Applications to be the 2023-2025 Houston Poet Laureate will be accepted through Sunday, January 29, with more information available here.

Teen spoken word artist Ariana Lee is Houston’s new Youth Poet Laureate

Ariana Lee / Photo courtesy of aripurplecrayon.com

Selected through a citywide application process, Ariana Lee was recently named 2022-2023 Houston Youth Poet Laureate

The Houston-area high school senior is a member of Meta-Four Houston, the city’s official youth slam poetry team, and the winner of a National YoungArts Foundation 2023 Writing Award for Spoken Word.

Lee’s poetry has been published in Defunkt Magazine (“Homeward Bound”) and featured by One Breath Partnership (“Through the Eye”). She wrote and performed “Stars of Space City” in honor of the 2022 Word Series Champions Houston Astros:

“I’m H-Town born and raised and am so proud to represent this community,” wrote Lee in a social media post. “I’m honored to be receiving the torch from 2022 HYPL Avalon and to be holding this position after so many talented poets.”

Succeeding Avalon Hogans, Lee is the 7th teen to serve as Houston Youth Poet Laureate, which is a joint initiative of Writers in the Schools, the Mayor’s Office of Cultural Affairs, and the Houston Public Library. The program aims to identity young writers to serve as leaders and cultural ambassadors through poetry, performance, and civic and community engagement.

Established in 2016, Houston’s youth poet laureate program is among the long-running in Texas, where Austin and Dallas recently inaugurated youth poet laureate positions.

There are over 60 youth poet laureate programs in the U.S., supported by Urban Word – the literary organization that also launched the National Youth Poet Laureate program, whose inaugural laureate was Amanda Gorman in 2017, with Alyssa Gaines currently serving in that role.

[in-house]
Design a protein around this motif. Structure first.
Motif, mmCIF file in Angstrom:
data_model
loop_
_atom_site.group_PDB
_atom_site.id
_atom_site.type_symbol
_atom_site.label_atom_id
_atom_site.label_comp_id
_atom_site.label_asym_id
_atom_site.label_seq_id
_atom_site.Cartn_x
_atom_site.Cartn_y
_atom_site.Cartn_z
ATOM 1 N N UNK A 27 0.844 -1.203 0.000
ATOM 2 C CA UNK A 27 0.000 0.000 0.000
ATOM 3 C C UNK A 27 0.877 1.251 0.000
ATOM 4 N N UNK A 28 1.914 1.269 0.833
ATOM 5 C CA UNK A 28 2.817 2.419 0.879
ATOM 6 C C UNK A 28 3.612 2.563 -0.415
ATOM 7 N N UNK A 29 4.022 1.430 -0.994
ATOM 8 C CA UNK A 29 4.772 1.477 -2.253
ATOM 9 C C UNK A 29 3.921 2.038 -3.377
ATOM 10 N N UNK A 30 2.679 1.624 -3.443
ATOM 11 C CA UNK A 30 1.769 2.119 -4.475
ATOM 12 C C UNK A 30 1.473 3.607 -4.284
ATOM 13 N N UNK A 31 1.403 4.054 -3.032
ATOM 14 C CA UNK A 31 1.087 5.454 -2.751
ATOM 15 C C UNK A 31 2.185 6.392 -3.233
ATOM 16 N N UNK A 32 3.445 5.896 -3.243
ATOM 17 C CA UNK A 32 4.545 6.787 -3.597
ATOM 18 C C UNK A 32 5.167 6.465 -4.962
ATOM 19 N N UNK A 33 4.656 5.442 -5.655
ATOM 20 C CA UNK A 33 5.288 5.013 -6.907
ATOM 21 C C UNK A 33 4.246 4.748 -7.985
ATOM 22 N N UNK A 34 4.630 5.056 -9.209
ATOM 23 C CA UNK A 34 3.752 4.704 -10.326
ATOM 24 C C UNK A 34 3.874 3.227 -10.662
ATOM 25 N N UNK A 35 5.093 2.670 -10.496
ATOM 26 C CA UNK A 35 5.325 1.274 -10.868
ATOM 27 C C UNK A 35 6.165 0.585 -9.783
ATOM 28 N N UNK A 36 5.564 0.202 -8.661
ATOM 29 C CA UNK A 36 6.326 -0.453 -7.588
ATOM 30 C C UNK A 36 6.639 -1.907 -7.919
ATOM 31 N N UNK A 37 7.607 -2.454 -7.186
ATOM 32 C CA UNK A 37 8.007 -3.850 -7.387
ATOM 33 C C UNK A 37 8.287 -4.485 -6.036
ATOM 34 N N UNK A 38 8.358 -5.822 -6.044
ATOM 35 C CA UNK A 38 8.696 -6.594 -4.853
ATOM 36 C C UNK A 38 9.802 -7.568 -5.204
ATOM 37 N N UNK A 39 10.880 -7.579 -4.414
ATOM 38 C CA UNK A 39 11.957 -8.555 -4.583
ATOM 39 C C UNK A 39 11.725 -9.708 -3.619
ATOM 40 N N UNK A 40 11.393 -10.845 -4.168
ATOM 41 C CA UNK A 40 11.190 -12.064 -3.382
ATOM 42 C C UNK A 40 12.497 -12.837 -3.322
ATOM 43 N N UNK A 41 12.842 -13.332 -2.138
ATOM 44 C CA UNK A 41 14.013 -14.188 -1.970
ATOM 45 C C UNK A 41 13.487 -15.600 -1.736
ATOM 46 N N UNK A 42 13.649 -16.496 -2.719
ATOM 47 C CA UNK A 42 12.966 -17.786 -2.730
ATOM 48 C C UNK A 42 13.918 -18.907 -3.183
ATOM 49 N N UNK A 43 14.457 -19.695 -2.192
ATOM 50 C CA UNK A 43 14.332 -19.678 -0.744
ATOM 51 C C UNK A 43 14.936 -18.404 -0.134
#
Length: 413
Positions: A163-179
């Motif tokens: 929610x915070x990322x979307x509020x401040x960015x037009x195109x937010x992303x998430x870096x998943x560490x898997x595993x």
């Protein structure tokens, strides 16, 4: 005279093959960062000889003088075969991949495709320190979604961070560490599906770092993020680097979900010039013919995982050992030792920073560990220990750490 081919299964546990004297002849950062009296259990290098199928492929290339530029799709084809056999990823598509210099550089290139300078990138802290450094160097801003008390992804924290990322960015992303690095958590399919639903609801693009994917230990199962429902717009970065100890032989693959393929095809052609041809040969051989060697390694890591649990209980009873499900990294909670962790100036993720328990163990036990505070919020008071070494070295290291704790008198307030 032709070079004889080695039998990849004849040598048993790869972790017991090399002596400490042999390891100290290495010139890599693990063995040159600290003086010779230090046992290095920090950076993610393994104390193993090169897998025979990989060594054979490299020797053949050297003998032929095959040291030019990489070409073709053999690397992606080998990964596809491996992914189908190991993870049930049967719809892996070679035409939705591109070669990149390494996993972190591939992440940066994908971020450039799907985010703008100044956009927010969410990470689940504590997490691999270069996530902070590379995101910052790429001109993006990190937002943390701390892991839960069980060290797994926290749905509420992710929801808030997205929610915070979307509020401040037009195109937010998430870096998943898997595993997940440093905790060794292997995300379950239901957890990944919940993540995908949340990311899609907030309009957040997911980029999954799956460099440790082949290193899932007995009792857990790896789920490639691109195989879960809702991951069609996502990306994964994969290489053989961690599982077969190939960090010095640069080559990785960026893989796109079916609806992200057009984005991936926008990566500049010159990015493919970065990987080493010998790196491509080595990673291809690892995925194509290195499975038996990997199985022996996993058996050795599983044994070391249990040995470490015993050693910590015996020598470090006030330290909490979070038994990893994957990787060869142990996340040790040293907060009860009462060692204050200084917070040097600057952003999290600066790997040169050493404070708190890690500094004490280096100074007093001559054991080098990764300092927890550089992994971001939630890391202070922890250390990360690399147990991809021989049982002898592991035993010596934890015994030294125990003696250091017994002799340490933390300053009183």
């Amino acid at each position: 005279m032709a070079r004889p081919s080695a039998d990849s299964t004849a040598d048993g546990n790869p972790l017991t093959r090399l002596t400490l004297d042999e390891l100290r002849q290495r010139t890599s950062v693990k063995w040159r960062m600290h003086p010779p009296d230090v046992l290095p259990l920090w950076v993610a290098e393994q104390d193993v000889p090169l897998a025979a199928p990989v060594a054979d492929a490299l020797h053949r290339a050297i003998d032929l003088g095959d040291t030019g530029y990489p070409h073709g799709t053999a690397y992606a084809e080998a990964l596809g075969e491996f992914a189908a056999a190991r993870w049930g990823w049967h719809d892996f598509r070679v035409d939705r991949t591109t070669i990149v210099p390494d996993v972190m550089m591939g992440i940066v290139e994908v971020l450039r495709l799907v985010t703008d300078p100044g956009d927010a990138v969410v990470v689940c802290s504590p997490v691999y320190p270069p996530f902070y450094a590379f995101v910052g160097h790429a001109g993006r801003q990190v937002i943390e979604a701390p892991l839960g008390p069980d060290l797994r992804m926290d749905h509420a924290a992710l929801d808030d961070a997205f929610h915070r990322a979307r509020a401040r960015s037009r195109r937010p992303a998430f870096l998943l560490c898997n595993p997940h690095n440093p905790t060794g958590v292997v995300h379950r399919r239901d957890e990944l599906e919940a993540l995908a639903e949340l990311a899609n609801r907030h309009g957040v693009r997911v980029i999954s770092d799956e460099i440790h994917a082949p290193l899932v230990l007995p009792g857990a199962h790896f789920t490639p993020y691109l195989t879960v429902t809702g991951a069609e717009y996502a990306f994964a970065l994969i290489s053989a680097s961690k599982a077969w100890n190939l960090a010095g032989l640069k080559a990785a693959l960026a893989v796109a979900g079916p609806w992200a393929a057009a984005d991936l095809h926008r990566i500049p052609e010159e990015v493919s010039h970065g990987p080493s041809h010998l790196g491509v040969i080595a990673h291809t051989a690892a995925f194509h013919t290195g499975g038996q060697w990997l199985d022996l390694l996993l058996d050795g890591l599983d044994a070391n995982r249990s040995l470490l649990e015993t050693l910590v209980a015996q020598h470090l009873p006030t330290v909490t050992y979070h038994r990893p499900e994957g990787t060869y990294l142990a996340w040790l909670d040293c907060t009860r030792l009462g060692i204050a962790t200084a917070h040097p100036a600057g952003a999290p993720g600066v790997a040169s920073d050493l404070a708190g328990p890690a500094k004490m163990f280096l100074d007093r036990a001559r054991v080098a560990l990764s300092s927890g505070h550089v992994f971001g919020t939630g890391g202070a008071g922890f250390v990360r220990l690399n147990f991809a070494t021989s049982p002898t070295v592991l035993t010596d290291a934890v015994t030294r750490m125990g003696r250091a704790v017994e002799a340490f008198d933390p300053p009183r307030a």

The city is currently searching for its next Houston Poet Laureate – the adult counterpart position, now in its 10th year – with applications due by January 29 and a new laureate to be announced in April.

Poet francine j. harris becomes tenured professor at UH, Kevin Powell named Writer-In-Residence at Prairie View A&M

francine j. harris / Courtesy of University of Houston

Award-winning poet francine j. harris has been promoted to full professor with tenure at the College of Liberal Arts and Social Sciences, Department of English at the University of Houston.

Professorship and tenure are “remarkable achievements on their own accord and rarely granted in unison,” according to UH.

Harris, who joined the UH Creative Writing Program as an Associate Professor in 2019, becomes the first Black woman professor in that program to receive tenure, as harris announced on social media and as confirmed by UH CWP.

This comes at a time when only about 2% of tenured associate and full professors at U.S. universities and colleges are Black women, as harris also noted, according to 2019 data by the Chronicle of Higher Education.

Harris won the 2021 National Book Critics Circle Award, considered among the most prestigious literary awards, for her third collection Here is the Sweet Hand. She has received fellowships from the National Endowment for the Arts, Cave Canem, and MacDowell Colony, and her work has been awarded a Pushcart Prize, Lambda Literary Award, and an Audre Lorde Award.

In an interview with the University of Houston’s Jillian Holden, harris said: “I think a lot about nuance and subtlety. Poetry is the one place I have felt like I have the room just to suggest things … I can digress, tangent and drift off … If more people understood that poetry gives you this kind of freedom, maybe more people would tap in.”

Kevin Powell / Courtesy of Prairie View A&M University

This week, Prairie View A&M University announced poet, journalist, author, cultural critic, and activist Kevin Powell as the second writer-in-residence of the Toni Morrison Writing Program.

Powell succeeds Nikki Giovanni, who served as the program’s inaugural writer-in-residence last academic year. His term began on September 1, 2022, with his first public lecture to be scheduled later this month, according to a press release.